Debugging SSL Problems

Here are some tips on what to do if the SSL connection to your server just isn't working as it should.

This article reflects the limited knowledge of it's author(s). If you discover anything incorrect when reading this article, you are asked to please either correct the text, or to leave a note in the text stating the problem.

Helpful documents

The SSL topic is a non trivial one. Do try to read and understand the documentation available:

Make sure you are following the howtos very closely and you do understand what they are doing. Even small SSL missconfigurations can prevent completely your server from communicating with clients.

Understanding modssl's components

Modssl does not implement the SSL protocol. It uses the openssl library to do the SSL negotiation, handshaking and encoding into the SSL protocol.

That has the implication that if you need to debug what's happening during a connection you'll need to read openssl's documentation.

However the configuration of the handshake phase, that is:

  • which certificates you want to be used by your server
  • which certificates are to be sent to the client
  • which certificates the client should send back to the server (in the case of client authentication)

are done with modssl means, in the apache configuration.

That is as far as the author of this article understands, modssl proper is only there to properly parametrize the openssl library, as required by a web server.

Understanding SSL communications setup

SSL/TLS Strong Encryption: An Introduction provides some intermediate level information on how SSL communication works, particularily the paragraph Secure Sockets Layer (SSL).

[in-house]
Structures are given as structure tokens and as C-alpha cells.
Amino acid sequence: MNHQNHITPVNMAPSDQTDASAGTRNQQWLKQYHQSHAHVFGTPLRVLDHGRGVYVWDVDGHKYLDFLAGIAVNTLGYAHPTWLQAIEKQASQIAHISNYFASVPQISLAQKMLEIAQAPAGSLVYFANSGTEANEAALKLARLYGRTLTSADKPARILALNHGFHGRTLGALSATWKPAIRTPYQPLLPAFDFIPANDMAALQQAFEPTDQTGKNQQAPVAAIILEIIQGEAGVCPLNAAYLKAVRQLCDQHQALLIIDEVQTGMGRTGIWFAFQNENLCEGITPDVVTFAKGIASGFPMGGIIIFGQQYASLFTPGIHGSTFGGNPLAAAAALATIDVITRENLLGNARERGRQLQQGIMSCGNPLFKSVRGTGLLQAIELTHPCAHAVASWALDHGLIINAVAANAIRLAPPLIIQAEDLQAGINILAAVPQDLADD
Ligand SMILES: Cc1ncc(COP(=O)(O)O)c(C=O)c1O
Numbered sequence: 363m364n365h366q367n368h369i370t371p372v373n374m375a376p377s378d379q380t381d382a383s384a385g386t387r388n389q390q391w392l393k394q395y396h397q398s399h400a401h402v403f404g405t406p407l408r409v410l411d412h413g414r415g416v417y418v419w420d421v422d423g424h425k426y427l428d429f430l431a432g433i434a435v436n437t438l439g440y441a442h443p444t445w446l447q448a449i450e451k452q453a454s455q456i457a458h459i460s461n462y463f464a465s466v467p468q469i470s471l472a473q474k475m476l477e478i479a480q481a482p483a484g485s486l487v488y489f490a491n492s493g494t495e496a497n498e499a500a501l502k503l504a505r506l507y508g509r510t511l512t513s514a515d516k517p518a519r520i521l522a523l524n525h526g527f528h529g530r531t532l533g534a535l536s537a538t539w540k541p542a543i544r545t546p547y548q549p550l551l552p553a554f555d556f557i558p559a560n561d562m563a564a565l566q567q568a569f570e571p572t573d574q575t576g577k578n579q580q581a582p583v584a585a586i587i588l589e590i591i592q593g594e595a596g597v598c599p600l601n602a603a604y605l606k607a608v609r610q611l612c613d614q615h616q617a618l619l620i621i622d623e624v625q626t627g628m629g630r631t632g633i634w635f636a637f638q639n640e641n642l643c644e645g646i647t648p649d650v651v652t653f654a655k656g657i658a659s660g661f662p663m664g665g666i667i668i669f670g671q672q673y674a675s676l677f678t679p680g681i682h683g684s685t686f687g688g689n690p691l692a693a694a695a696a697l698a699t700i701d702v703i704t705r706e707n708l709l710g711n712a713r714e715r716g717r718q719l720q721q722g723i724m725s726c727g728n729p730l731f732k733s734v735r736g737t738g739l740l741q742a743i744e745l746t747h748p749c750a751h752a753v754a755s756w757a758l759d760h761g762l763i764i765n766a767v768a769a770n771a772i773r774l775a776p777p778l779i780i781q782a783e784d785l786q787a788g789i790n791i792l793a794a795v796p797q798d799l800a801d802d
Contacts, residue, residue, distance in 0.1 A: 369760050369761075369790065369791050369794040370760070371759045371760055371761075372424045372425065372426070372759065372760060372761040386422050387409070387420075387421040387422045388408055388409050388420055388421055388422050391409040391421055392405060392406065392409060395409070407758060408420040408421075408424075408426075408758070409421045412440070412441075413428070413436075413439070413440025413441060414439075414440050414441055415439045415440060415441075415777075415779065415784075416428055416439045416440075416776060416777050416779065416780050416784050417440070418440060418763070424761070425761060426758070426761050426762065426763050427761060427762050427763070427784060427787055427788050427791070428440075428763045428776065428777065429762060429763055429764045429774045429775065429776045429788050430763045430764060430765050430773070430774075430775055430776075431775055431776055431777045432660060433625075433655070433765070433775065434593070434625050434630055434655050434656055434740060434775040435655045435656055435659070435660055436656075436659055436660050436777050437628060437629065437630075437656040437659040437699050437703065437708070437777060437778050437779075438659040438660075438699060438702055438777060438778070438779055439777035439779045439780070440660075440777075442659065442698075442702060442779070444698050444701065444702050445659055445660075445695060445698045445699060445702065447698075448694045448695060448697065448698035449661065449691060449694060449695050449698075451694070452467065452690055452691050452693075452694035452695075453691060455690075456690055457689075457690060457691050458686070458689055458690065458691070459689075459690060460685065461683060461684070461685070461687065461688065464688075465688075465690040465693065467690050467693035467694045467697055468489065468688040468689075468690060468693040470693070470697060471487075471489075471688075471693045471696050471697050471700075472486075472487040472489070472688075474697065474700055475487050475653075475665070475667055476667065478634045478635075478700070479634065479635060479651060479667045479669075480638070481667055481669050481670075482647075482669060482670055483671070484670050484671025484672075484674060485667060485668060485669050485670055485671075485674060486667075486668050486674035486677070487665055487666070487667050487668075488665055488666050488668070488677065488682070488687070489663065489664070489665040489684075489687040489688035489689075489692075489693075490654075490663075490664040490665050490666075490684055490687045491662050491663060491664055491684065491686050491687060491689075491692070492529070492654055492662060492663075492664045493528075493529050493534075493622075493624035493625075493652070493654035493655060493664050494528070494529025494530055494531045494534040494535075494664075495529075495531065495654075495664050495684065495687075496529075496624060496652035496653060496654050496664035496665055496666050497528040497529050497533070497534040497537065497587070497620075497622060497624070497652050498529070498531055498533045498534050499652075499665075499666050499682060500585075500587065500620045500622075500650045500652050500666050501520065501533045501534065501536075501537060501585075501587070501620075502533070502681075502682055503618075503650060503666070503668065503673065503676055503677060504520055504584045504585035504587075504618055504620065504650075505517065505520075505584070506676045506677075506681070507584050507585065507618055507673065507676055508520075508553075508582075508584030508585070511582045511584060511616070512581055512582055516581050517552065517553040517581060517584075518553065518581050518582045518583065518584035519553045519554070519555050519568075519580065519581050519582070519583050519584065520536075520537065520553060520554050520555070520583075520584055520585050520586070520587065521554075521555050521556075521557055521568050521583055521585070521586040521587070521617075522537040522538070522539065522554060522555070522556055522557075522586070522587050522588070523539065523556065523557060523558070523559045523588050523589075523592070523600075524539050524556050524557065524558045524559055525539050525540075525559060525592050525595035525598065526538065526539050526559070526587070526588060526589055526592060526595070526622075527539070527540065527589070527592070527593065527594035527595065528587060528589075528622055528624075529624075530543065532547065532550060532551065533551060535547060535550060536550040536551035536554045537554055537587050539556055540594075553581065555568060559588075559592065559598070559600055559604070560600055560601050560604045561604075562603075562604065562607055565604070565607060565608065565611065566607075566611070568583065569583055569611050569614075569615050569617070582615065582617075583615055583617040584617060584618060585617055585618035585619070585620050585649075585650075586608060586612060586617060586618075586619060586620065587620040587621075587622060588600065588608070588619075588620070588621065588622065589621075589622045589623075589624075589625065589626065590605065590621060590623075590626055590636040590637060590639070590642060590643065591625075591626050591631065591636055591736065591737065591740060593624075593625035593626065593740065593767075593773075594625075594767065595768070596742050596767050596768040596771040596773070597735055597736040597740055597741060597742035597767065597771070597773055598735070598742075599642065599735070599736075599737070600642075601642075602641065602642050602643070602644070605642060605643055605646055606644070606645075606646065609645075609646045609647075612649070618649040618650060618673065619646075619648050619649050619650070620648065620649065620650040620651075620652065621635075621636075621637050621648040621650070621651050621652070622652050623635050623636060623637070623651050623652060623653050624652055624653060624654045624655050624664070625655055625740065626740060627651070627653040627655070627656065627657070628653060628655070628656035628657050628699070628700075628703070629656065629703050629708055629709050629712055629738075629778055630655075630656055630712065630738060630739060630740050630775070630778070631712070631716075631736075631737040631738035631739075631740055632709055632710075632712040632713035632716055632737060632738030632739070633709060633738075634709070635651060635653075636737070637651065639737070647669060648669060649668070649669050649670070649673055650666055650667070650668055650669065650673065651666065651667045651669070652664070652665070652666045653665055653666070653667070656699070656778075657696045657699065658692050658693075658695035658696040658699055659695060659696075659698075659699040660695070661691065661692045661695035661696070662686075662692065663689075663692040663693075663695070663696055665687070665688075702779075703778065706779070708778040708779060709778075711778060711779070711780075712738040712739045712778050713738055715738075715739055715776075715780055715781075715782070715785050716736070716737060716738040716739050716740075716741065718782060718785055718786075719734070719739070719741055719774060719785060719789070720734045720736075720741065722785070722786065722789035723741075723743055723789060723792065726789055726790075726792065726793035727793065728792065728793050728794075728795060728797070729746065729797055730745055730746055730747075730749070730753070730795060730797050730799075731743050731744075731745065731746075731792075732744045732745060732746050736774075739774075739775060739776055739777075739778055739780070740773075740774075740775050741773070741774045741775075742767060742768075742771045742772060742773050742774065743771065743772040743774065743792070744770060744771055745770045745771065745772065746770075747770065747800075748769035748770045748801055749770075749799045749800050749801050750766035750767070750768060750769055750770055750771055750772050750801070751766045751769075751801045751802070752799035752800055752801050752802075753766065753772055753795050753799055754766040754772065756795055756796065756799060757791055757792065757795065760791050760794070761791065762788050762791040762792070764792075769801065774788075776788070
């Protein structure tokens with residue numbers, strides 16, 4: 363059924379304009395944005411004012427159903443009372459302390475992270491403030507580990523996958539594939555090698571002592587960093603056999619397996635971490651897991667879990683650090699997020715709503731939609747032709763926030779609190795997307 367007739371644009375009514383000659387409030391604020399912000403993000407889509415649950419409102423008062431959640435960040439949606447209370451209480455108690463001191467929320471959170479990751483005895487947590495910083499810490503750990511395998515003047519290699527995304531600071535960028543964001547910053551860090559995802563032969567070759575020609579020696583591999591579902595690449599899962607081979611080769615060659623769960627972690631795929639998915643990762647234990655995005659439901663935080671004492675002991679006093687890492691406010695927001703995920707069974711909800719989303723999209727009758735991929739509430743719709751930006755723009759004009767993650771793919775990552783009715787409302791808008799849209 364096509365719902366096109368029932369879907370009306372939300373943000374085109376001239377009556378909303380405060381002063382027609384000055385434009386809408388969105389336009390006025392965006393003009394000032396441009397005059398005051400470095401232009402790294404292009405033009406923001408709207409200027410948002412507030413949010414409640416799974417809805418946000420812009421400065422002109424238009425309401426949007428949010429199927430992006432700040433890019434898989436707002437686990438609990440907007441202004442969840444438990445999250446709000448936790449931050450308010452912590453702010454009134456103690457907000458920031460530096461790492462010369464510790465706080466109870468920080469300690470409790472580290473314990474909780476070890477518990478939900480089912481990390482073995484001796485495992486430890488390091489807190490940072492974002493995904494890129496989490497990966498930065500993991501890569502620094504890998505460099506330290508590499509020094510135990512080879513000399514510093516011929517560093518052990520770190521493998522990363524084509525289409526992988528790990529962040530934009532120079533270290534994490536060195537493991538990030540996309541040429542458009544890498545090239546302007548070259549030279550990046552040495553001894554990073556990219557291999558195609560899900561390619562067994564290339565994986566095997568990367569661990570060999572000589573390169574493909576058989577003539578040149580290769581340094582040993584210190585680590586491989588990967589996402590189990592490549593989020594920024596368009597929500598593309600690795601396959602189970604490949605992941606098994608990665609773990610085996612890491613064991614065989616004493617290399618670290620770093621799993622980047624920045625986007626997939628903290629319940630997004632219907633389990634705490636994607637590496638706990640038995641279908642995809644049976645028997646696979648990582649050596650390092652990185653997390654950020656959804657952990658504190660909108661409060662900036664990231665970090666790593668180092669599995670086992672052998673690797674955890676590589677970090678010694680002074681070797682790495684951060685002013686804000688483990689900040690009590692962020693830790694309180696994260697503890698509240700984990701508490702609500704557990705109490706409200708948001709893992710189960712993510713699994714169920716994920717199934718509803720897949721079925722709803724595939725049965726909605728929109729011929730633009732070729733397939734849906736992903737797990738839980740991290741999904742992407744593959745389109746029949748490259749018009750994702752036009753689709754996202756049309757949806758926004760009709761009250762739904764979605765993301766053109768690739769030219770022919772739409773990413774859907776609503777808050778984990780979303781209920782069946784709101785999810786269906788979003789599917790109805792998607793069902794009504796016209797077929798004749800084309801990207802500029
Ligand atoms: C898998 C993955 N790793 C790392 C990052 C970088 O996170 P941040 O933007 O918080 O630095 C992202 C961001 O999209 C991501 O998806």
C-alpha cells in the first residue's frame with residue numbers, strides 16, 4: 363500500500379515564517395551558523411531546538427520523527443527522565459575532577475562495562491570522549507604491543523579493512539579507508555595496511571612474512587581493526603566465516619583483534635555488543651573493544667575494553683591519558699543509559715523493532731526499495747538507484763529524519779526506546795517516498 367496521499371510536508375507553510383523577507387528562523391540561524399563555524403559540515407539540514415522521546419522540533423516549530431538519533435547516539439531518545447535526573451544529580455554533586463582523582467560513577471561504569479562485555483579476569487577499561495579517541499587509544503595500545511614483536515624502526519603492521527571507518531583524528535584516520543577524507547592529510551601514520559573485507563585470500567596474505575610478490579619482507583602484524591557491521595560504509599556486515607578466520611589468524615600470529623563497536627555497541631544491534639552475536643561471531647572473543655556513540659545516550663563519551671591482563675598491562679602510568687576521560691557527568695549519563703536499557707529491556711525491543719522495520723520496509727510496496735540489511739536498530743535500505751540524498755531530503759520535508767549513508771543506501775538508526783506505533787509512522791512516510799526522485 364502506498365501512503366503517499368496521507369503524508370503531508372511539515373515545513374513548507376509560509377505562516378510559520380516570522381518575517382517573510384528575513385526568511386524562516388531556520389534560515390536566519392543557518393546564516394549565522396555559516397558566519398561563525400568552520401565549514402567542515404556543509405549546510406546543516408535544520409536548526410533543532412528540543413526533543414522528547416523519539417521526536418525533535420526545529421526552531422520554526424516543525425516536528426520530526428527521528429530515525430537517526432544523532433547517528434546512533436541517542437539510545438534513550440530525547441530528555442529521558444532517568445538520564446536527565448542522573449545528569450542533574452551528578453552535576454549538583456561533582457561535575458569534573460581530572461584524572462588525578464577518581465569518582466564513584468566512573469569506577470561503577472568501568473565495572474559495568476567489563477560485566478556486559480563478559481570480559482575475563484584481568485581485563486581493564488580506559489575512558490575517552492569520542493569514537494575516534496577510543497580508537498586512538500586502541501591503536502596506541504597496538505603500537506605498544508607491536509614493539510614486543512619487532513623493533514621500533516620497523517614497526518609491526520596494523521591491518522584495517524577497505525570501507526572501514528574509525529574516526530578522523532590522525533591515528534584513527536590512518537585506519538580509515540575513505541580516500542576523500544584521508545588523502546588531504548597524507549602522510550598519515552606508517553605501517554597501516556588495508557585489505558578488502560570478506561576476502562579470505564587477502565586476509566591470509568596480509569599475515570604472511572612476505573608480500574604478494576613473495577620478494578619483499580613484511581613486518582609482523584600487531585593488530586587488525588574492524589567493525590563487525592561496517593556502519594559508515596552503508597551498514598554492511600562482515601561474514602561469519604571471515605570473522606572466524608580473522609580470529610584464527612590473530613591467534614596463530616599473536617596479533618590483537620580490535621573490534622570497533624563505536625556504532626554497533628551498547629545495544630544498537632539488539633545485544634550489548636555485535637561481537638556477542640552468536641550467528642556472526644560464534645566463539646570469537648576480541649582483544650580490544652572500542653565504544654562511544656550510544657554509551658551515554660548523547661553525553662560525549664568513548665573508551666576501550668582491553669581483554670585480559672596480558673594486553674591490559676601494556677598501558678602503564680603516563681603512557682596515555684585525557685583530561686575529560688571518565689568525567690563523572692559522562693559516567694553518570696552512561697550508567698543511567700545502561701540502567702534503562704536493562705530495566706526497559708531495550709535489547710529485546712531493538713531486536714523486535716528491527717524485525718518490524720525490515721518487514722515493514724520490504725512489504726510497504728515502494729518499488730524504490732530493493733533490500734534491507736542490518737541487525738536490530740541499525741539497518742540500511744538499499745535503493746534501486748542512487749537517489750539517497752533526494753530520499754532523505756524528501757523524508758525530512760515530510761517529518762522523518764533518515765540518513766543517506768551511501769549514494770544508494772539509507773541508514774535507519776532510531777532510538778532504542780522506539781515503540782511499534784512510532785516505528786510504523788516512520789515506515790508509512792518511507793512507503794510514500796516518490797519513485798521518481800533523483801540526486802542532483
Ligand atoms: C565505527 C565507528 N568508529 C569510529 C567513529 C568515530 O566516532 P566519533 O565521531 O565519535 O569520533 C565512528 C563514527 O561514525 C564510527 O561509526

When an SSL communication is being set up, all the phases up to the final data transfer, that is the handshaking and certificate exchanges are done unencrypted. That means they can be examined and thus debugged from the outside of the two communication parties.

Debugging tools

Since, as noted in the last paragraph the setup of the SSL connection is not encrypted, we can sniff the traffic. That can be done with:

which both include SSL protocol dissectors, and thus are able to decode and display SSL handshakes in a human understandable format.

If you have to transfer traffic seen on a server to your own machine for local analysis, then you can use tcpdump.

If you need to analyse traffic that is happening during the data transfer phase, then you'll need:

Both are able to decode traffic when given the appropriate certificate keys.

Certificates can be analyzed with the

Enable SSL logging

The first step when debugging SSL problems is to setup proper logging:

  <IfModule mod_ssl.c>
    ErrorLog /var/log/apache2/ssl_engine.log
    LogLevel debug

See also:

Unfortunately the "info" LogLevel is not enough and "debug" is overkill. modssl by Ralf S. Engelschall on which Apache's modssl is based had a "trace" Level, which is still present in Apache's modssl source code. But it is not known how that "trace" log level can be activated from the configuration file.

Making sure that the browser trusts the certificate